The two experiments in Atlantic salmon (trial 1B and 3) both demonstrated that PRV-Om also replicates in this species, although the infection dynamics differed from rainbow trout. Whereas virus RNA levels peaked sharply in virus-injected rainbow trout, a plateau level was reached at 4–6 WPC in Atlantic salmon, indicating a slower replication rate. When comparing the infection kinetics in trial 2 and 3 one should be aware that there were small differences in the preparation of challenge material and blood analyses of the two studies. However, the same characteristic differences between the injected groups were seen when comparing trial 1A and 1B, which were performed simultaneously with identical procedures. The Atlantic salmon long-term trial demonstrated that Atlantic salmon cohabitants could also be infected, confirming susceptibility to the virus through a horizontal infection route also for salmon. However, the transmission was less effective and only about 50% of the cohabitants were infected between 8 and 16 WPC, indicating that PRV-Om is less adapted to Atlantic salmon. The lower transmission rate could be due to several mechanisms. One possibility is less effective virus shedding. It has previously been reported that blood levels of PRV-Ss reflects the release of virus into faeces [21], and PRV-Om do not reach as high peak levels in Atlantic salmon blood as in rainbow trout. More likely, however, the virus entry into salmon cohabitants is less effective due to differences in virus-receptor interactions between the two species. So far, the receptor for PRV is not known. Mammalian orthoreovirus (MRV) use junction adhesion molecule (JAM)–A as its main receptor for virus entry [25,26]. However, the amino acid sequences reported to interact with receptors are not conserved between MRV and PRV, and the receptor and entry mechanisms may be very different for PRV [6,27]. MRV is also highly dependent on the enzymatic conditions in the intestinal tract for optimal infection efficiency [28], and the intestinal environment may also differ between the species and be central for transmission for PRV-Om.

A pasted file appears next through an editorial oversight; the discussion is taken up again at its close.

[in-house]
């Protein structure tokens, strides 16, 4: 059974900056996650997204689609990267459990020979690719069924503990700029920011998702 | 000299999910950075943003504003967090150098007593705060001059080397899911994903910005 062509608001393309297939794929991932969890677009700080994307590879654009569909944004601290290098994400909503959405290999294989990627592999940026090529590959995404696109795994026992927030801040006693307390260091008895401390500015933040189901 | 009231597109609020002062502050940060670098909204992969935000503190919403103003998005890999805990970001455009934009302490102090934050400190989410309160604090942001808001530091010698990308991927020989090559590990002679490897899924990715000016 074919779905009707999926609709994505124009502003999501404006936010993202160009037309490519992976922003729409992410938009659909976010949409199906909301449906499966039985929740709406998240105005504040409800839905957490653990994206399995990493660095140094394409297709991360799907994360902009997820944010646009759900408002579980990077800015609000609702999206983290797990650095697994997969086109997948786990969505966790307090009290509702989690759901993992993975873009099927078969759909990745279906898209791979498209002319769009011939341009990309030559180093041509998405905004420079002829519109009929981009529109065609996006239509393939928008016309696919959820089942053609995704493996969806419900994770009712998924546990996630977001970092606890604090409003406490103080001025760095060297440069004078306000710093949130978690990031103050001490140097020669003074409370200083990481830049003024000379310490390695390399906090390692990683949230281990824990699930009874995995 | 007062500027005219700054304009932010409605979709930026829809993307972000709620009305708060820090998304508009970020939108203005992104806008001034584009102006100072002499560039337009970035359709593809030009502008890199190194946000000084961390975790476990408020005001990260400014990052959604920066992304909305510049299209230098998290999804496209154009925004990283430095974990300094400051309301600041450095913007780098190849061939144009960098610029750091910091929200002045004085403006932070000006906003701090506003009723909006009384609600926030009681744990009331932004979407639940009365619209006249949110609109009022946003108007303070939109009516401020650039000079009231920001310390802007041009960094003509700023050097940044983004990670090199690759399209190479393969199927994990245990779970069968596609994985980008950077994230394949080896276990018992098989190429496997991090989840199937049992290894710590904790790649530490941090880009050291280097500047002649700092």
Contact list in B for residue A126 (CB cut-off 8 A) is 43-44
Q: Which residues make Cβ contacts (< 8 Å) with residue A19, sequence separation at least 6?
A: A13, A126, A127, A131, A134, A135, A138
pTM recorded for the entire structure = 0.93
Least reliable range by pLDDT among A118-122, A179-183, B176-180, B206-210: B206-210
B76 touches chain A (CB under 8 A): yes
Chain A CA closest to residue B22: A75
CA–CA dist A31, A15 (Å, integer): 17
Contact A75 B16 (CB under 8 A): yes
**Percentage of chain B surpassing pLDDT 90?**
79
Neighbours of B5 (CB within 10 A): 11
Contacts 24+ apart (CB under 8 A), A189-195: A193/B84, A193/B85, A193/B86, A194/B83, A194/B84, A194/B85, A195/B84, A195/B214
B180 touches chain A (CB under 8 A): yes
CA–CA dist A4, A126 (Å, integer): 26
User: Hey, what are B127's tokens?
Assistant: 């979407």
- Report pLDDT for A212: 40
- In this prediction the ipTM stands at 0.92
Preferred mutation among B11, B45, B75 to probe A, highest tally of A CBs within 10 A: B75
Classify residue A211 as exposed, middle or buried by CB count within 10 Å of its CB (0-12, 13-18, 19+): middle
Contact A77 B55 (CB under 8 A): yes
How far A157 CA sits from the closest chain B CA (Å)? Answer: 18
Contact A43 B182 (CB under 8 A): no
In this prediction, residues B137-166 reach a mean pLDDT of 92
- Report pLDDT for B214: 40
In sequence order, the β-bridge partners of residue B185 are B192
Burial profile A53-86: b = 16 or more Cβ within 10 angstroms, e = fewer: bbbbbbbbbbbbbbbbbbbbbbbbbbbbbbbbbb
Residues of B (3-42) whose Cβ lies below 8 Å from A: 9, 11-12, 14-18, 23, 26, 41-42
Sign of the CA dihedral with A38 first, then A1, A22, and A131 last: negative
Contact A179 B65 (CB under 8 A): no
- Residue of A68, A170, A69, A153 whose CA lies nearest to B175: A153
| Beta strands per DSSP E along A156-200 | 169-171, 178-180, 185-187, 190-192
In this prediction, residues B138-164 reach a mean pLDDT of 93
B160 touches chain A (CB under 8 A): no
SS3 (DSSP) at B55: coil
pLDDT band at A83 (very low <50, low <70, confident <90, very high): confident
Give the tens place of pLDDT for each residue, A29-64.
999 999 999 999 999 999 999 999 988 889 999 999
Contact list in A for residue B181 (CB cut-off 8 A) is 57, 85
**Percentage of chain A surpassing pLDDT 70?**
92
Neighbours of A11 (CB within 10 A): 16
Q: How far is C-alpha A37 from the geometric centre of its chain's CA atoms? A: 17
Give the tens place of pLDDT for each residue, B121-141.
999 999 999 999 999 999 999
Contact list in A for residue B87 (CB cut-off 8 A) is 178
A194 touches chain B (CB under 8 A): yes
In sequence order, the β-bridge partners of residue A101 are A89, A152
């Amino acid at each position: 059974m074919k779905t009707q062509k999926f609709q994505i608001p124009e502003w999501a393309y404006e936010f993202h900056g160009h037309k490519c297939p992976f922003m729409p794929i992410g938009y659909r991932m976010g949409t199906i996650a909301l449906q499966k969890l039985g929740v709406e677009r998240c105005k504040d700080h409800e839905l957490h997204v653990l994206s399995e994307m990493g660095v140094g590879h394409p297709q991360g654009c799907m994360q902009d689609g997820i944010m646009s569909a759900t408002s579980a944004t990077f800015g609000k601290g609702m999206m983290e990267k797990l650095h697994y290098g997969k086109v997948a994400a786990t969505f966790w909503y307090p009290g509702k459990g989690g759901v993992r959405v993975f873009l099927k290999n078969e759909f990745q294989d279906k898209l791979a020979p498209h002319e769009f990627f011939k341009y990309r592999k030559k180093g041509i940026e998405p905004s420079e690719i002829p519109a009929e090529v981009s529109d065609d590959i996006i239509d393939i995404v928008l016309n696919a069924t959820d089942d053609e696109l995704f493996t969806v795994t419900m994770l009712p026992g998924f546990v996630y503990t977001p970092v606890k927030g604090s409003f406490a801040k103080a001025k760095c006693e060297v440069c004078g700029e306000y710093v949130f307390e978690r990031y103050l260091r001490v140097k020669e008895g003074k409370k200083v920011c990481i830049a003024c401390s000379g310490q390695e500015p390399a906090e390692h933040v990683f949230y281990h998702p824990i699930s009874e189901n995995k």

The lack of a defined peak phase and slower rate of virus clearance in Atlantic salmon blood and heart may indicate that Atlantic salmon handles the PRV-Om infection differently from rainbow trout also after the initial infection. The antiviral response data obtained in the two long-term trials suggests an explanation. The Atlantic salmon responded poorly to PRV-Om infection with regards to antiviral gene expression (Mx and viperin) compared to rainbow trout. In contrast, PRV-Ss generally induces Mx and viperin responses in Atlantic salmon [29,30], but this does not seem to eliminate the PRV infection. Induction of interferon-regulated genes like Mx and viperin is commonly the first step in limiting viral replication and mounting a more specific immune response which may clear the virus [31].

Atlantic salmon in the current study developed considerably milder histopathological changes in response to PRV-Om, as compared to rainbow trout. In contrast, Norwegian pathogenic isolates of PRV-Ss induce a strong and long-lasting antiviral response [29,30]. A North American PRV-Ss isolate, however, has not been associated with HSMI pathology in Atlantic salmon or Sockeye salmon (Onchorhynchus nerka) infection experiments [32]. Recently, a new infection study in Sockeye salmon using the North American PRV isolate showed that the early antiviral response to infection was very limited [33]. This may indicate that the early antiviral response plays an important role in triggering pathology, and the very low antiviral response to PRV-Om in Atlantic salmon could be the reason why the pathological findings were minor. It should be noted that our results would have been strengthened if the fish had been separated into parallel tanks to avoid tank-specific effects on the immune response.

Field observations indicate that mortality due to HSMI in Atlantic salmon are linked to situations where the fish were exposed to additional stress like transport, crowding, pumping and delousing. Based on data on virus kinetics from the first experiment, a stress test was performed at 10 WPC in the Atlantic salmon long-term trial when infection was predicted to be in an early phase in the cohabitants. There was a trend towards a higher number of infected fish in the stressed group, but mean levels of infection did not differ significantly, and no induction of pathology or anaemia was observed in the stressed salmon.